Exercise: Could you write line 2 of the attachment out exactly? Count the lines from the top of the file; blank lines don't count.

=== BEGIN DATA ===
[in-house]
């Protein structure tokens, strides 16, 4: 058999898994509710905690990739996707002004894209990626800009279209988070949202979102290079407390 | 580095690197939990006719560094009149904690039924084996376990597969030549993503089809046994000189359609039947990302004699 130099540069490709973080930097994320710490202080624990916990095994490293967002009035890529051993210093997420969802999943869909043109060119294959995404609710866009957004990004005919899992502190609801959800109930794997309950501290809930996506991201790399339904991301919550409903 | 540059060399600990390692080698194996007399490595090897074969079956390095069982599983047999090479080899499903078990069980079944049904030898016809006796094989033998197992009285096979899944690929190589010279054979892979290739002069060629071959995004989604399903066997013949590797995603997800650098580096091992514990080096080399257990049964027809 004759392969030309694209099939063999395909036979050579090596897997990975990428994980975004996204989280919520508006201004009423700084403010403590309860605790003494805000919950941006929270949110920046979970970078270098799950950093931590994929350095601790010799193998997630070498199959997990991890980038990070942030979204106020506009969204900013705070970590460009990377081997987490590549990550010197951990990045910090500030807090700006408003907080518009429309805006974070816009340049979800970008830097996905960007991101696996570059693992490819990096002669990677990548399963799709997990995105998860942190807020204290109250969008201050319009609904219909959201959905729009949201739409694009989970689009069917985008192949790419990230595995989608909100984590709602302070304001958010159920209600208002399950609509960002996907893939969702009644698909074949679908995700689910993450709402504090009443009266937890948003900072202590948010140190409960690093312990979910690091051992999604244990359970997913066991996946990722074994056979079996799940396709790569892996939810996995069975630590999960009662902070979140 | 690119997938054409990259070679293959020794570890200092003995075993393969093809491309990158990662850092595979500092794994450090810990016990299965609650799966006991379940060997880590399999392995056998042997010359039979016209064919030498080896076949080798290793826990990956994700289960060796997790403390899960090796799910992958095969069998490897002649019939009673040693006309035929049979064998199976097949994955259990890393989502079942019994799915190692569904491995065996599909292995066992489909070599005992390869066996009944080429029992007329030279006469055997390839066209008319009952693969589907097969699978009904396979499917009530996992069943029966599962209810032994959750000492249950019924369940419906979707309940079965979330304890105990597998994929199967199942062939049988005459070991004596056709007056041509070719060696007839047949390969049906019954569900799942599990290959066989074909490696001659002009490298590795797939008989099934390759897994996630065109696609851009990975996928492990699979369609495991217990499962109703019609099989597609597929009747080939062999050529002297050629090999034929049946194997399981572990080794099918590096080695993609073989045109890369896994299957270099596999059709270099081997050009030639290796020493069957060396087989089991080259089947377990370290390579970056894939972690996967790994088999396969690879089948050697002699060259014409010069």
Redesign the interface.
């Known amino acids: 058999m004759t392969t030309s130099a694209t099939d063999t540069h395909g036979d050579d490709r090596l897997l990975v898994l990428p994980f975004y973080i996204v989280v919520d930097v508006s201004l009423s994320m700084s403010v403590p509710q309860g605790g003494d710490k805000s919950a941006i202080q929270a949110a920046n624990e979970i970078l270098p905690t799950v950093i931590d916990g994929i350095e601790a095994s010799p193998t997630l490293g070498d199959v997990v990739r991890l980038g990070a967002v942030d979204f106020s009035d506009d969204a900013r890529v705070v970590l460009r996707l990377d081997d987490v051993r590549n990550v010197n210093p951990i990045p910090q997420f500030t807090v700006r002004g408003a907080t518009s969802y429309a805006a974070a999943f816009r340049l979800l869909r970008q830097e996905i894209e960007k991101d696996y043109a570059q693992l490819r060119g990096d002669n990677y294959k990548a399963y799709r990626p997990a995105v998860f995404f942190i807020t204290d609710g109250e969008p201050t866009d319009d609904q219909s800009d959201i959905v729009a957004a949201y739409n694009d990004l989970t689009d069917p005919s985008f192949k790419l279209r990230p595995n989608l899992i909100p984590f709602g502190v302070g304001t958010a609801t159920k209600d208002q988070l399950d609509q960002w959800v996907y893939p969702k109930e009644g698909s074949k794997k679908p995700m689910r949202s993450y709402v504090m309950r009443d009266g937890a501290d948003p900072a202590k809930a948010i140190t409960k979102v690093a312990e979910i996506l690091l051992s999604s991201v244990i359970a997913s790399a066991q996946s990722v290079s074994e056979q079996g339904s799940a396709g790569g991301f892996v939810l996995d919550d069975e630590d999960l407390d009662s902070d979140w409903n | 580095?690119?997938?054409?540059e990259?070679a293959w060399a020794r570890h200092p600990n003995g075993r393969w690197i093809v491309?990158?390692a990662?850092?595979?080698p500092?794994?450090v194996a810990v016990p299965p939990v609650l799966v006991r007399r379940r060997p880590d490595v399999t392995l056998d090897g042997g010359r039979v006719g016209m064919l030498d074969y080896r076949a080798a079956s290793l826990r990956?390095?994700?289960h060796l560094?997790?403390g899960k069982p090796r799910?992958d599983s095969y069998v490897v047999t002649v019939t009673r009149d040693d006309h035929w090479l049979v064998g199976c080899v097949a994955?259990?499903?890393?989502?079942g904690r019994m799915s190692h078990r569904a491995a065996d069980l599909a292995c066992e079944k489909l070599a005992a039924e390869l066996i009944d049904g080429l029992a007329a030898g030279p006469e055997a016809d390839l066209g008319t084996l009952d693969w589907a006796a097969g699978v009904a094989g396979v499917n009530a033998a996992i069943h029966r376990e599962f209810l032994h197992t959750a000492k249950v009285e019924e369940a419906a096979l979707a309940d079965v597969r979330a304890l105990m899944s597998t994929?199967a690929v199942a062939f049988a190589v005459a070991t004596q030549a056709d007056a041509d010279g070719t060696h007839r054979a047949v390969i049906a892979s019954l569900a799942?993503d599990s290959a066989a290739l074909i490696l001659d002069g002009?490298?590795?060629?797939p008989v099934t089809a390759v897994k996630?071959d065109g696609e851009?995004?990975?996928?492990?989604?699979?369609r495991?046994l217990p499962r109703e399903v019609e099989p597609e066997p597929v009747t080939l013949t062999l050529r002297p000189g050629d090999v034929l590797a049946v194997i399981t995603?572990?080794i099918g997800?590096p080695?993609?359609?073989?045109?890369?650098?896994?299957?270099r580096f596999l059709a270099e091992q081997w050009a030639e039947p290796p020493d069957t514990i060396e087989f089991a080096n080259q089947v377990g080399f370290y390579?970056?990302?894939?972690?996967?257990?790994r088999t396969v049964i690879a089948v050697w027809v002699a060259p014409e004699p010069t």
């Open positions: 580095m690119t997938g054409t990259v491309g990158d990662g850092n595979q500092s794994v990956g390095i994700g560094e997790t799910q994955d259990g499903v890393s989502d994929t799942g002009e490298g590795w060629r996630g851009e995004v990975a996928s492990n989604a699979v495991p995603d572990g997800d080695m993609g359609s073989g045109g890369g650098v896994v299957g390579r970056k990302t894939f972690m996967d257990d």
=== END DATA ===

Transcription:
């Protein structure tokens, strides 16, 4: 058999898994509710905690990739996707002004894209990626800009279209988070949202979102290079407390 | 580095690197939990006719560094009149904690039924084996376990597969030549993503089809046994000189359609039947990302004699 130099540069490709973080930097994320710490202080624990916990095994490293967002009035890529051993210093997420969802999943869909043109060119294959995404609710866009957004990004005919899992502190609801959800109930794997309950501290809930996506991201790399339904991301919550409903 | 540059060399600990390692080698194996007399490595090897074969079956390095069982599983047999090479080899499903078990069980079944049904030898016809006796094989033998197992009285096979899944690929190589010279054979892979290739002069060629071959995004989604399903066997013949590797995603997800650098580096091992514990080096080399257990049964027809 004759392969030309694209099939063999395909036979050579090596897997990975990428994980975004996204989280919520508006201004009423700084403010403590309860605790003494805000919950941006929270949110920046979970970078270098799950950093931590994929350095601790010799193998997630070498199959997990991890980038990070942030979204106020506009969204900013705070970590460009990377081997987490590549990550010197951990990045910090500030807090700006408003907080518009429309805006974070816009340049979800970008830097996905960007991101696996570059693992490819990096002669990677990548399963799709997990995105998860942190807020204290109250969008201050319009609904219909959201959905729009949201739409694009989970689009069917985008192949790419990230595995989608909100984590709602302070304001958010159920209600208002399950609509960002996907893939969702009644698909074949679908995700689910993450709402504090009443009266937890948003900072202590948010140190409960690093312990979910690091051992999604244990359970997913066991996946990722074994056979079996799940396709790569892996939810996995069975630590999960009662902070979140 | 690119997938054409990259070679293959020794570890200092003995075993393969093809491309990158990662850092595979500092794994450090810990016990299965609650799966006991379940060997880590399999392995056998042997010359039979016209064919030498080896076949080798290793826990990956994700289960060796997790403390899960090796799910992958095969069998490897002649019939009673040693006309035929049979064998199976097949994955259990890393989502079942019994799915190692569904491995065996599909292995066992489909070599005992390869066996009944080429029992007329030279006469055997390839066209008319009952693969589907097969699978009904396979499917009530996992069943029966599962209810032994959750000492249950019924369940419906979707309940079965979330304890105990597998994929199967199942062939049988005459070991004596056709007056041509070719060696007839047949390969049906019954569900799942599990290959066989074909490696001659002009490298590795797939008989099934390759897994996630065109696609851009990975996928492990699979369609495991217990499962109703019609099989597609597929009747080939062999050529002297050629090999034929049946194997399981572990080794099918590096080695993609073989045109890369896994299957270099596999059709270099081997050009030639290796020493069957060396087989089991080259089947377990370290390579970056894939972690996967790994088999396969690879089948050697002699060259014409010069």